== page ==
They were very aggressive at that point in time. They established AFS division which they still use that trademark but when they call it a merger with New Holland basically New Holland bought the Case Company and you know then that group got, over a few years ago, got disbanded basically.

Mike Lessiter: Today, how many employees?

Al Myers: Today worldwide, we are about 285 or maybe 290 now. We've been hiring a few people, we've been bigger. Back in the good days, 2008 through 2013, we probably had close to 100 more total employees. But the ag recession has pulled us back a little. We do have three foreign offices, we have one in The Netherlands that serves Europe, Middle East and Africa; most of the business is in Europe of course. We have an Australian office that handles Australia and other areas in the Pacific, but that's mostly Australia again. We have an office in Brazil that serves South America.

Mike Lessiter: And you've done a number of expansions right here in Ames.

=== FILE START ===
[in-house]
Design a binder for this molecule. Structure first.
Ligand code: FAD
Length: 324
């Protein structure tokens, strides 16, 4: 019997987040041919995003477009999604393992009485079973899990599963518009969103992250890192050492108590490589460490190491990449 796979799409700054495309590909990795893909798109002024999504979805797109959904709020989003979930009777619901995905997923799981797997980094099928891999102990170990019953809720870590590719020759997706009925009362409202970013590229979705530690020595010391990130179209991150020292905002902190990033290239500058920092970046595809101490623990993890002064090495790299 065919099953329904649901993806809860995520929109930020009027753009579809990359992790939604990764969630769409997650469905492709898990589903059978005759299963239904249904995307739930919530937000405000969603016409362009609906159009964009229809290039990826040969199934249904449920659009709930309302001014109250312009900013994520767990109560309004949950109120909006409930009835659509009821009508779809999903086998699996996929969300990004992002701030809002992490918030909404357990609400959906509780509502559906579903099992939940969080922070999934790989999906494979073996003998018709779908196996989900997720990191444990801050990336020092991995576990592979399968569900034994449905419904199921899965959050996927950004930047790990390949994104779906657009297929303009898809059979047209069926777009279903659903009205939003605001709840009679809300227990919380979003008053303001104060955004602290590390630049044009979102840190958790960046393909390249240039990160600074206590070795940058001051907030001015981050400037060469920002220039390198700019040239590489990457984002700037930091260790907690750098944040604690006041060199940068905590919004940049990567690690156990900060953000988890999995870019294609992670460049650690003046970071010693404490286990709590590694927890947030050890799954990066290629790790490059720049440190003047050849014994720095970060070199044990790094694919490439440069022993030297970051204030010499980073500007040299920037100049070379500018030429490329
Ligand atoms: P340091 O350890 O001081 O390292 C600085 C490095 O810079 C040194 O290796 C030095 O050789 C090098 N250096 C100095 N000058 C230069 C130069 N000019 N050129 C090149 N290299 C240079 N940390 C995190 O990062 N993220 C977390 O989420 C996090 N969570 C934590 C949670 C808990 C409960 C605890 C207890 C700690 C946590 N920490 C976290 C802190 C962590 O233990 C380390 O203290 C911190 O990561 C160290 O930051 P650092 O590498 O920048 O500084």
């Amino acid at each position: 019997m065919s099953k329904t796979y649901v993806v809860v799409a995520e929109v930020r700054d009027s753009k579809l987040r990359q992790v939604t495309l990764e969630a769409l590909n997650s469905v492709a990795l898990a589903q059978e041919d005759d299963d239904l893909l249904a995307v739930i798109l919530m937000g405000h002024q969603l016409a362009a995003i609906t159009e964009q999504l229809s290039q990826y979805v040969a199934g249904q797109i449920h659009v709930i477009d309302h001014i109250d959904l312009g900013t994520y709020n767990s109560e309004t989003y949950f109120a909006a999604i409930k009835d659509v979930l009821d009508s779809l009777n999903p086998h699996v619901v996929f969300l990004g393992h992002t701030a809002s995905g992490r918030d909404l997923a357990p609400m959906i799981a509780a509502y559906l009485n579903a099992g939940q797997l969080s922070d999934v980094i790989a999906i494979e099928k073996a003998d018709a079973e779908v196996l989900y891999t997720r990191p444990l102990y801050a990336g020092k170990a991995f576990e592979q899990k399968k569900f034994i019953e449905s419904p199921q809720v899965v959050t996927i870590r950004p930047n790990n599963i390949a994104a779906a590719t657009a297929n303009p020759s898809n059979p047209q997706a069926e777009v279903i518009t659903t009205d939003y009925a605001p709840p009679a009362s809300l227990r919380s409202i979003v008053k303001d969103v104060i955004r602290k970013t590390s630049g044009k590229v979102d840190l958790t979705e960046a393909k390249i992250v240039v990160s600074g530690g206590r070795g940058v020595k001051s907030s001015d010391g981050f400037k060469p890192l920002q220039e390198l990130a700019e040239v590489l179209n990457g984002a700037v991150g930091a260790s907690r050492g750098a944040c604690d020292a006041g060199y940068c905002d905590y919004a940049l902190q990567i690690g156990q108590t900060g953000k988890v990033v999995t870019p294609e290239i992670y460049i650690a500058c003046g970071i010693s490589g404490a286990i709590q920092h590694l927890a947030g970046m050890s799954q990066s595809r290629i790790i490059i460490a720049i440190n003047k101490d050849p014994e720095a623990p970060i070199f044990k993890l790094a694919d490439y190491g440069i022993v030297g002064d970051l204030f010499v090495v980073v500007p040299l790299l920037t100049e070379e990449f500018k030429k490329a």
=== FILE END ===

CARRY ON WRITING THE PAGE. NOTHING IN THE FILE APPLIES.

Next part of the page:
Al Myers: Right.

Mike Lessiter: What's your square footage that you are up to now?

Al Myers: This building I think is about 150,000, this is where all our offices and manufacturing. We have our dealer training building just west of here, which I think that's about 25,000 square feet, we call it the Ag Leader Academy. And we have a distribution center of that's a little east of here where we ship all our finished product and we've got a big store room to keep machinery when we're not using it in the field. I think that's about 63,000 square feet. We do own one wholly owned subsidiary and that is Soil-Max, the tile plow company. I purchased that company in addition to the assets of a company called Gradient which was a sister company that pretty much pioneered GPS control of tile plows.